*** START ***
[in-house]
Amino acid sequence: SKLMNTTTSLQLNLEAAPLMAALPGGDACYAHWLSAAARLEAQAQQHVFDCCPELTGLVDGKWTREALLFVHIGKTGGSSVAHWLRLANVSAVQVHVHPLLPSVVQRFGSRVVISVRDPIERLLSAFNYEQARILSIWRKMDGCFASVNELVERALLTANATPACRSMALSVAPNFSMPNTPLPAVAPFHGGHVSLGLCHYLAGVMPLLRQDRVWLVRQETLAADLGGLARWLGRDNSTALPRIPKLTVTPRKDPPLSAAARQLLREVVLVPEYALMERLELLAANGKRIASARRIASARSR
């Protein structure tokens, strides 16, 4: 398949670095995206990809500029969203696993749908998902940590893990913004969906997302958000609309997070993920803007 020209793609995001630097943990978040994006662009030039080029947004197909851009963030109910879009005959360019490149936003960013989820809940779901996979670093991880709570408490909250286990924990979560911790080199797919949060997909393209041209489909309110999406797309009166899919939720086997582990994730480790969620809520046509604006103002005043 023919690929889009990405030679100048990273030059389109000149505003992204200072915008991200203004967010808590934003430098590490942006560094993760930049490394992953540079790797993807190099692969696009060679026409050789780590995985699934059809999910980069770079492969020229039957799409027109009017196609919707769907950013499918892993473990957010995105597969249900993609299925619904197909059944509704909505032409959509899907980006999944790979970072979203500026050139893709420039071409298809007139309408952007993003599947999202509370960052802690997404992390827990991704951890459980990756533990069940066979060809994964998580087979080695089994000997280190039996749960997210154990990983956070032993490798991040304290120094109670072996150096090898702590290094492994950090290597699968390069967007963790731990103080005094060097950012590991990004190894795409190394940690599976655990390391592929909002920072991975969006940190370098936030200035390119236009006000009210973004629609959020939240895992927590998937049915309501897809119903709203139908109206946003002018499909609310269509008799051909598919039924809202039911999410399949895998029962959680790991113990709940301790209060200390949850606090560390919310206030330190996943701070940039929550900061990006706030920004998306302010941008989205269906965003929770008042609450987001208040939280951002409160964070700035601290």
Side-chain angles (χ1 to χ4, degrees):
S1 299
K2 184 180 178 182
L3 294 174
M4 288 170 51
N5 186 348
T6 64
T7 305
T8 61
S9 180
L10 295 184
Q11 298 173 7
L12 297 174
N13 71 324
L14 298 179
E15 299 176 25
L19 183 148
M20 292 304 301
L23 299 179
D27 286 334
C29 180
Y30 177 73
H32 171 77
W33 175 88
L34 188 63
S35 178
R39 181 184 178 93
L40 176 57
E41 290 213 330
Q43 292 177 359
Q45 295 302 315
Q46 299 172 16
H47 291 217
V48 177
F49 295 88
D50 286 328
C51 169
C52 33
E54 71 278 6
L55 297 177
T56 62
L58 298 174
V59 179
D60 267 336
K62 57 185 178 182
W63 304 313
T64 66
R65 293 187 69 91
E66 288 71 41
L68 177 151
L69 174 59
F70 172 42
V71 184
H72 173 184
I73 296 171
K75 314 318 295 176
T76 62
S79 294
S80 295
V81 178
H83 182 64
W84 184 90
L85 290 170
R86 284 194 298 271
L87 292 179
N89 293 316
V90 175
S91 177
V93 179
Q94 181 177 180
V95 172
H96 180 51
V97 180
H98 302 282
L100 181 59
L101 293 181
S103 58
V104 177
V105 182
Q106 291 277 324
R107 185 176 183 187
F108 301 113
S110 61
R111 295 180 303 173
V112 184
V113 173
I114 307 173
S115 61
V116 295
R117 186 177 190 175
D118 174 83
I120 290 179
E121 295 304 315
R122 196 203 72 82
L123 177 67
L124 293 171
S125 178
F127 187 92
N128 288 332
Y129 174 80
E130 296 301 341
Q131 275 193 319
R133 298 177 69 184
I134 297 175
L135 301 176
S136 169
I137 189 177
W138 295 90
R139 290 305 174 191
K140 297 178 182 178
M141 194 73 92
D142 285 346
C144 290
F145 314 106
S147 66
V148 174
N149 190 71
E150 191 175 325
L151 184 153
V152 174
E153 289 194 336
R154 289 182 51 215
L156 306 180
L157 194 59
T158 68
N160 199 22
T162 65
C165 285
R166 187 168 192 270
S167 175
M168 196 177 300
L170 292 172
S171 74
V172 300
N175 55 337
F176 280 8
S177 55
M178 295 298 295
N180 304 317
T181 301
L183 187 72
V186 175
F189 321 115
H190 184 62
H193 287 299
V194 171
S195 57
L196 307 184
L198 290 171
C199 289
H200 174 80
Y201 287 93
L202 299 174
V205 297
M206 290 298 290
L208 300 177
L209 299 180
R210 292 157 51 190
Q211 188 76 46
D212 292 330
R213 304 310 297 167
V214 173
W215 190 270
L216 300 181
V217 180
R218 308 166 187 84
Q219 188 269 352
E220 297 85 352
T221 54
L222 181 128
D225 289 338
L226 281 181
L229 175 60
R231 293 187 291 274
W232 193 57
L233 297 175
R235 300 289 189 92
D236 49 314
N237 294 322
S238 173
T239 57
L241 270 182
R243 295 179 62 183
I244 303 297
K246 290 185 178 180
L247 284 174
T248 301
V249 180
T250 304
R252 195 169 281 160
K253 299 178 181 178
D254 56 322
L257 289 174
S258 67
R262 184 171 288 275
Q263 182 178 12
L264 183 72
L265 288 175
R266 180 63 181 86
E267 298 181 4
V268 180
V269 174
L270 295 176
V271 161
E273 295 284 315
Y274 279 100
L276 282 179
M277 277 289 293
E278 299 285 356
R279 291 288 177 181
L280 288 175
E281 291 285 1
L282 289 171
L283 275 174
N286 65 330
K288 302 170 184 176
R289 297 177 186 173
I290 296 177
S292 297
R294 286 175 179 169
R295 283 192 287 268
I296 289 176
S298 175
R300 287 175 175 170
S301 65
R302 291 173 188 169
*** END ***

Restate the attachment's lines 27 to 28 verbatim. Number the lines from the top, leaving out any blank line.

W33 175 88
L34 188 63